Mombasa port traffic up 11 percent in Q1, sees no election disruption
Kenya’s main port of Mombasa handled 11 percent more cargo in the first quarter of this year, helped by increased efficiency after its handling capacity was expanded, the port’s management said on Wednesday.
Last year Kenya commissioned a second container terminal worth $300 million at the port, which is 900 metres long with three docking berths, and provides an additional cargo-handling capacity of 550,000 TEUs (20-foot-equivalent units) per year.
The port handled 7.2 million tonnes of cargo between January and March against 6.5 million in a similar period last year.
During the period, imports accounted for 6 million tonnes against 5.5 million handled in the same 2016 period, an increase of 10 percent, the Kenya Ports Authority said in a report.
It handled 877,778 tonnes in exports, up 4 percent on the 845,068 tonnes handled in the same period last year.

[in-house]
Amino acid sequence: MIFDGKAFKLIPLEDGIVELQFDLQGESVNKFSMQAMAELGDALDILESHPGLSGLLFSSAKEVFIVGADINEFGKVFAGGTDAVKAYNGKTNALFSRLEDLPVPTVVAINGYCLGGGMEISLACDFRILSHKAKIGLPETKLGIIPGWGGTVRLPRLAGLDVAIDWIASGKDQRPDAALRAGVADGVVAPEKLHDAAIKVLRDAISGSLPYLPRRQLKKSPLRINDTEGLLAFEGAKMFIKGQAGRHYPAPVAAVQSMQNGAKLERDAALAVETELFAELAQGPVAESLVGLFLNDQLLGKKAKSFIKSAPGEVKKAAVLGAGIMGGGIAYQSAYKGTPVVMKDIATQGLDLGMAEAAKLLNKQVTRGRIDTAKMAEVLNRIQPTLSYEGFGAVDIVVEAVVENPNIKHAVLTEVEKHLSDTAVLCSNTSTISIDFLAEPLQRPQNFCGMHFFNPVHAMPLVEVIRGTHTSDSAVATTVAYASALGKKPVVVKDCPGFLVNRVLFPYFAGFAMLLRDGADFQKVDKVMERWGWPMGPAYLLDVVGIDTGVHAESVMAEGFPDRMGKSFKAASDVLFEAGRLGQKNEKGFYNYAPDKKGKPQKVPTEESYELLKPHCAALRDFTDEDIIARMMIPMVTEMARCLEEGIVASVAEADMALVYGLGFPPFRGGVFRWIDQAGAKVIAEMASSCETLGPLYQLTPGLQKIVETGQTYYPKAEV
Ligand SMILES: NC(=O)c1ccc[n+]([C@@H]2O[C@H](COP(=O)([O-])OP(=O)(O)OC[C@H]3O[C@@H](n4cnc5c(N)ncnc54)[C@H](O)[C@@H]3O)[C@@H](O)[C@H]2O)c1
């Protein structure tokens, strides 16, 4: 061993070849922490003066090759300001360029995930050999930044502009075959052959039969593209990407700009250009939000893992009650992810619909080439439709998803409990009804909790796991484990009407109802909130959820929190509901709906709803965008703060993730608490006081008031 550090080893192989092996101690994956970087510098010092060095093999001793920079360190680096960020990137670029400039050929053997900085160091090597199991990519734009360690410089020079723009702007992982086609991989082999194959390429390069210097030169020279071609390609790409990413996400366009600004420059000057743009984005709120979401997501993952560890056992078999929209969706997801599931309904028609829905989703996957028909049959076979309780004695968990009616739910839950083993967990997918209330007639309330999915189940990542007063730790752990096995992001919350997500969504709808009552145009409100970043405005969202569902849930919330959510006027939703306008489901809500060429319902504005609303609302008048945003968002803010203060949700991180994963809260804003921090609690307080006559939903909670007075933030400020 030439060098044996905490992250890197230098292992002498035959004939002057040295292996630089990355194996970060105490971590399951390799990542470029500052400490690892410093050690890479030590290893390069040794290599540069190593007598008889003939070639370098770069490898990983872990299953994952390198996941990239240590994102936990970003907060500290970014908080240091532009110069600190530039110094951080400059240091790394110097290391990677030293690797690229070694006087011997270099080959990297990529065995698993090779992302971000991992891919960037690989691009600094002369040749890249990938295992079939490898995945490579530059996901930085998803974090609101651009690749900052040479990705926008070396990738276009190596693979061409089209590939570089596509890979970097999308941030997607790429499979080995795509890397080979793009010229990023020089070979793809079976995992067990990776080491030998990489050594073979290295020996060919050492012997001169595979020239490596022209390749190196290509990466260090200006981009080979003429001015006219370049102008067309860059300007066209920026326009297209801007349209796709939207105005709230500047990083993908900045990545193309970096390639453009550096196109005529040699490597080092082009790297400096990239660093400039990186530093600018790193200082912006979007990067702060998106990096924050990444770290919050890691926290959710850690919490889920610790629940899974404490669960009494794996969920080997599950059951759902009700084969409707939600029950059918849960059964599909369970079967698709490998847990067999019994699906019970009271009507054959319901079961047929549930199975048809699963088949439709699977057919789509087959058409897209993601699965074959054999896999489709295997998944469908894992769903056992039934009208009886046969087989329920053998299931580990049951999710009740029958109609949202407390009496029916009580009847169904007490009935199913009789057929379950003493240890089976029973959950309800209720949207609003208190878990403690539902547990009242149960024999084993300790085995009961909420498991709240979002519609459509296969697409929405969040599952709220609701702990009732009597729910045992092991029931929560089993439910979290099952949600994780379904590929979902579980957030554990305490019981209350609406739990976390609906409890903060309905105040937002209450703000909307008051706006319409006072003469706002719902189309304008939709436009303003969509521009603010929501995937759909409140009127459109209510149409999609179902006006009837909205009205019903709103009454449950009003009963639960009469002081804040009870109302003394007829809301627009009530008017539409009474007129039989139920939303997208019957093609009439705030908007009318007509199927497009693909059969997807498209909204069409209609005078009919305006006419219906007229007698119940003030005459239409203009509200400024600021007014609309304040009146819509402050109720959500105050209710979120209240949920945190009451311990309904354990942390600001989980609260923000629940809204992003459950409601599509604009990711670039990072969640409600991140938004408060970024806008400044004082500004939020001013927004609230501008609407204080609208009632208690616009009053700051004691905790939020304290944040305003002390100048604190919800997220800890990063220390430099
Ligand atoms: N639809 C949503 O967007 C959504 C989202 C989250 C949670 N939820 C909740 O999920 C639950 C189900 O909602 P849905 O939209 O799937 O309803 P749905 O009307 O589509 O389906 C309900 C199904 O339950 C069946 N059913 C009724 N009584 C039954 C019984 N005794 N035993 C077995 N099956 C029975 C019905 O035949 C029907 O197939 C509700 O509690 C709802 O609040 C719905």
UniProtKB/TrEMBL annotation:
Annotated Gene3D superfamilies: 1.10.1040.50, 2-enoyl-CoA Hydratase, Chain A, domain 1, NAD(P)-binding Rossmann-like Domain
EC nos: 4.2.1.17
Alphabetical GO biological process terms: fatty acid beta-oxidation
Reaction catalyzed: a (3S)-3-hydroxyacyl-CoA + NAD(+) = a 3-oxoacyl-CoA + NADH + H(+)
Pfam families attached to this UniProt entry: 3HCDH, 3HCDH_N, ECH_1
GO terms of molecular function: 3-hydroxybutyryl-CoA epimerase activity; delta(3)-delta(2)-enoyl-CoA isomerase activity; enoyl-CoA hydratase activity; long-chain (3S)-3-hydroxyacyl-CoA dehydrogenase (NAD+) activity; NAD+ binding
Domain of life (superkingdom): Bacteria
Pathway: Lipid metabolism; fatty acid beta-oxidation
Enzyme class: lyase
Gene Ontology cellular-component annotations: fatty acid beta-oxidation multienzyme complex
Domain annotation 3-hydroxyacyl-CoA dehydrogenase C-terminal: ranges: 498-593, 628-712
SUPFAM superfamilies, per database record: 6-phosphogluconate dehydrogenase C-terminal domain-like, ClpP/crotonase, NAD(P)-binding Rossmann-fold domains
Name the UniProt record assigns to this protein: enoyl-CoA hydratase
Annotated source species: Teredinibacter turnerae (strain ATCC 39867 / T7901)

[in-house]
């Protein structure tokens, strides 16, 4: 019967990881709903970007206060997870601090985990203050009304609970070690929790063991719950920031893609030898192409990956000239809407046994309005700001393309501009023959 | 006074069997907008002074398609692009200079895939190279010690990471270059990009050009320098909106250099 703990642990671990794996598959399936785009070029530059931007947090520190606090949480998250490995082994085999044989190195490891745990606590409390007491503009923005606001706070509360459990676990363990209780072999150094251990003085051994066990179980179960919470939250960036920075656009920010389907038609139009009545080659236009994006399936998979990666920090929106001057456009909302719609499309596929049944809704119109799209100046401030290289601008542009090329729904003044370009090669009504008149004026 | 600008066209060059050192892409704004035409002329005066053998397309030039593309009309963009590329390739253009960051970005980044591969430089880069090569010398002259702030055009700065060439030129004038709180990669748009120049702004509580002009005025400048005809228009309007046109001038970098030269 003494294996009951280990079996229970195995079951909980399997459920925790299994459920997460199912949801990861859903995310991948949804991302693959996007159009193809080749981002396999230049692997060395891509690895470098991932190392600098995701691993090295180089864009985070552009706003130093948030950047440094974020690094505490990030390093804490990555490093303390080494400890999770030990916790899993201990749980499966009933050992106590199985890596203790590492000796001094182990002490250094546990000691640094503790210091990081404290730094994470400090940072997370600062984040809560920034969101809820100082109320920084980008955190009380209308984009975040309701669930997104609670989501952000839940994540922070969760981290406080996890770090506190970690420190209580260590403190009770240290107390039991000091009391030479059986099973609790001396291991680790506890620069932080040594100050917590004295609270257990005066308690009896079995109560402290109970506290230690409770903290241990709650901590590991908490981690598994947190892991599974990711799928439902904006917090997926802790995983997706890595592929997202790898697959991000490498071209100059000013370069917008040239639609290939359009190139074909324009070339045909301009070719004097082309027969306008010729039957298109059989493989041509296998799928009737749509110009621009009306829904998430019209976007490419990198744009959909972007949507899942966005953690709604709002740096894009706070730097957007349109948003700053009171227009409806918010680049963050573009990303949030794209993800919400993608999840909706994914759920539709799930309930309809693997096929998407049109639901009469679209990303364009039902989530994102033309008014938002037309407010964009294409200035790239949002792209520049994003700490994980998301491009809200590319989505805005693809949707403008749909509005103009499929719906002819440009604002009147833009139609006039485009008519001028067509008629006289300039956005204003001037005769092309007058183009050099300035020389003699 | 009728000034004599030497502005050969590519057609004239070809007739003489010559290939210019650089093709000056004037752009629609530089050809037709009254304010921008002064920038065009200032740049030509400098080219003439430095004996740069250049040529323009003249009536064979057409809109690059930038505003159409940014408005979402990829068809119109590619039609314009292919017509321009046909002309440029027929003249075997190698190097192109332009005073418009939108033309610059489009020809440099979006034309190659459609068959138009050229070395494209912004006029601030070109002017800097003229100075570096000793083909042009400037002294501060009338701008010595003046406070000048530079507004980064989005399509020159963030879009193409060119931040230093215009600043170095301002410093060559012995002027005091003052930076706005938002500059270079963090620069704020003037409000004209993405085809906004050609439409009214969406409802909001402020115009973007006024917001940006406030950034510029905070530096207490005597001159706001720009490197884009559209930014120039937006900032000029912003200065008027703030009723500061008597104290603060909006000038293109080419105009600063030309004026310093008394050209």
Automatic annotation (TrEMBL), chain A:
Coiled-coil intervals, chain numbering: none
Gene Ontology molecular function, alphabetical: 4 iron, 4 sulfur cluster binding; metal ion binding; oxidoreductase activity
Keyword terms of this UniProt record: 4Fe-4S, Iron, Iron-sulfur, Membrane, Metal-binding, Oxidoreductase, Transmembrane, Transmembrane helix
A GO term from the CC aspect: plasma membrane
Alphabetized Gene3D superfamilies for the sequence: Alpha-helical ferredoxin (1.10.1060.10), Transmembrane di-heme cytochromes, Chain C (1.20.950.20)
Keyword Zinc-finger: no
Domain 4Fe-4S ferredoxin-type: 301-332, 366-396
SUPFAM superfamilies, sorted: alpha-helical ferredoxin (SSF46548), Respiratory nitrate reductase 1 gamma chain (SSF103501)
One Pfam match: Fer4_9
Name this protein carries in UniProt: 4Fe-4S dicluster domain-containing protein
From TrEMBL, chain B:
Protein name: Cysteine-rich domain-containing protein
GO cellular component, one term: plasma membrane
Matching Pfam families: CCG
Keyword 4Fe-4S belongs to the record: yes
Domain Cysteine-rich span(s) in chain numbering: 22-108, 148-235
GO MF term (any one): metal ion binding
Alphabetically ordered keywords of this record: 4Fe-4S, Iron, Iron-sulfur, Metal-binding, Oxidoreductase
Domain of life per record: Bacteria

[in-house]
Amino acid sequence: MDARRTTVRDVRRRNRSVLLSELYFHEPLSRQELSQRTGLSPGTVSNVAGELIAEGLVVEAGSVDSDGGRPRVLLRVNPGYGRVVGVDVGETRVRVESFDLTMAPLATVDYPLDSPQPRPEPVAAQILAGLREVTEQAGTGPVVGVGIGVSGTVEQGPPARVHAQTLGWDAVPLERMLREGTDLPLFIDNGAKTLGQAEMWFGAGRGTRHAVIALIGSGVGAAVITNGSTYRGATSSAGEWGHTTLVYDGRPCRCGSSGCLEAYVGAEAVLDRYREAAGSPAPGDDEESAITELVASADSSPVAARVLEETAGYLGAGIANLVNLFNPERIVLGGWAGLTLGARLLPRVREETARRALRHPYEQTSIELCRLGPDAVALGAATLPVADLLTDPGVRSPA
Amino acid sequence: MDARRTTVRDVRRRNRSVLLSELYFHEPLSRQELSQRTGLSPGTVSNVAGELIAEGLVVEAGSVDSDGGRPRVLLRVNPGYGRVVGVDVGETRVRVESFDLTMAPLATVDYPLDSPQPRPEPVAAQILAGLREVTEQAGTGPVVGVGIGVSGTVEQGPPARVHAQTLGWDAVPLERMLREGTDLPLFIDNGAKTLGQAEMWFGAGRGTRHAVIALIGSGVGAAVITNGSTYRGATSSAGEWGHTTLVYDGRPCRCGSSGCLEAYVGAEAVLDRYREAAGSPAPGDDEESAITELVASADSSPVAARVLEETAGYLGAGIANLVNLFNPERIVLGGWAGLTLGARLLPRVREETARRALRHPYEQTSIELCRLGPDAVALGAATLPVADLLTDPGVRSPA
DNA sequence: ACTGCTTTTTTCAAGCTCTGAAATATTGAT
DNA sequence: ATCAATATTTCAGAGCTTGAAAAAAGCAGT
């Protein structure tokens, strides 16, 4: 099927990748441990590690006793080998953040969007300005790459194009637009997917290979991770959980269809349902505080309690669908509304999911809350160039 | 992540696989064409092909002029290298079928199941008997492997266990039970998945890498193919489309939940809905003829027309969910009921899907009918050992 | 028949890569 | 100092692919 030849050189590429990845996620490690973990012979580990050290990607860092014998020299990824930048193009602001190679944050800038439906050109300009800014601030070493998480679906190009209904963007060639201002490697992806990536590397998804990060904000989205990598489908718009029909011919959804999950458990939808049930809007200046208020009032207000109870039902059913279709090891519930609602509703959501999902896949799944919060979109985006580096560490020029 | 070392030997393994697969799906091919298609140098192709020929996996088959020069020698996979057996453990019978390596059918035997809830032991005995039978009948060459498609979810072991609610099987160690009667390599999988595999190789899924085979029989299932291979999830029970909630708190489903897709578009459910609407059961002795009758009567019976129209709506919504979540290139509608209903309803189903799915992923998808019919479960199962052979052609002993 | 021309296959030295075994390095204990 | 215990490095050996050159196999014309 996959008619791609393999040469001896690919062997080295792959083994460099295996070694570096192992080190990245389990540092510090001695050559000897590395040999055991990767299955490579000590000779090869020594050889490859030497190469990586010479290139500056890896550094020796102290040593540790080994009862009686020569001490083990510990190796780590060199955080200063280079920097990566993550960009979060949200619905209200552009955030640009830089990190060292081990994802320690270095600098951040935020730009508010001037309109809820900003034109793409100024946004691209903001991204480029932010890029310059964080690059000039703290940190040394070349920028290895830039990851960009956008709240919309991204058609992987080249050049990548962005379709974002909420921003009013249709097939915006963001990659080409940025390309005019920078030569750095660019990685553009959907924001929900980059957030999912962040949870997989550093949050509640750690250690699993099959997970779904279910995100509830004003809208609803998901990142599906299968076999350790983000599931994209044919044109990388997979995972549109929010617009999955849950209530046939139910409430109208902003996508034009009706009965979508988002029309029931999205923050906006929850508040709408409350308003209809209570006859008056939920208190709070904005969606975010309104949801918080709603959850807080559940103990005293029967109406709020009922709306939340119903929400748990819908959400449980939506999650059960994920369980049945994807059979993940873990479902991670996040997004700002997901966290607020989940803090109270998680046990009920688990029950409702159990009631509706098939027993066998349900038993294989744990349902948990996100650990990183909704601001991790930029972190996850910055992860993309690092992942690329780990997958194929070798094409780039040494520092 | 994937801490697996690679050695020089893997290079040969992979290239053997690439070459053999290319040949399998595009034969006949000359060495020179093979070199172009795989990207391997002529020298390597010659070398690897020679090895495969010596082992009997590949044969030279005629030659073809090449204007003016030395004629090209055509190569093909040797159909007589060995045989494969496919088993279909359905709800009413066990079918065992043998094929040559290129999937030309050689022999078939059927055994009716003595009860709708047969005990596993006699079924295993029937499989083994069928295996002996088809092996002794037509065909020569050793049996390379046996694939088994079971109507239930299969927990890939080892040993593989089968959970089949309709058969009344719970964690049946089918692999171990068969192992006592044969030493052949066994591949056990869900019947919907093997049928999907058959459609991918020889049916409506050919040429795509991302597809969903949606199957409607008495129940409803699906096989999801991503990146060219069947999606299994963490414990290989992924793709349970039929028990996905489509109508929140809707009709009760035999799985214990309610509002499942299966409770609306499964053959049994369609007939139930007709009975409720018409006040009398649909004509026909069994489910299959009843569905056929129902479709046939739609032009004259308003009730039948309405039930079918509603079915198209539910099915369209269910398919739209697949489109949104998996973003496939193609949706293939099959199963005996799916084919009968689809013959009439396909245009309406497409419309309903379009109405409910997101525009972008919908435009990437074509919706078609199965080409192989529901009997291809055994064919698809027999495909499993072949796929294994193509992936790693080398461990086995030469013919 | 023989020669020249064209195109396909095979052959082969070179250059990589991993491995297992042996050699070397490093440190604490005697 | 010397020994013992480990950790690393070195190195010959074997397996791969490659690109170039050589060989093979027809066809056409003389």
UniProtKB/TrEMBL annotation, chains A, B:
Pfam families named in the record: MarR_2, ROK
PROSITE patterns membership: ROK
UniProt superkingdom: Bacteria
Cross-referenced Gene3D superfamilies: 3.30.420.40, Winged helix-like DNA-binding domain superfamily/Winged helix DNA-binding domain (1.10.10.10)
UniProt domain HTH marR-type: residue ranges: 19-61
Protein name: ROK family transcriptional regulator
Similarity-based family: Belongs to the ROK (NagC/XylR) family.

The Indian Ocean port of Mombasa, the biggest in east Africa and the region’s trade gateway, is seen as a measure of economic activity in the region, handling imports of fuel and consumer goods as well as exports of tea and coffee for landlocked neighbours such as Uganda and South Sudan.
Kenya holds elections in August. Voters will pick a president, parliament and local authorities on Aug. 8, and investors and consumers are taking a wait-and-see attitude due to concerns of potential violence during the polls.
The port’s management assured there would be minimum disruption to its operations due to the elections.
“We want to assure importers and exporters that all is well, we shall operate smoothly and we don’t anticipate any problems,” Hajj Masemo, a spokesman for Kenya Ports Authority, said.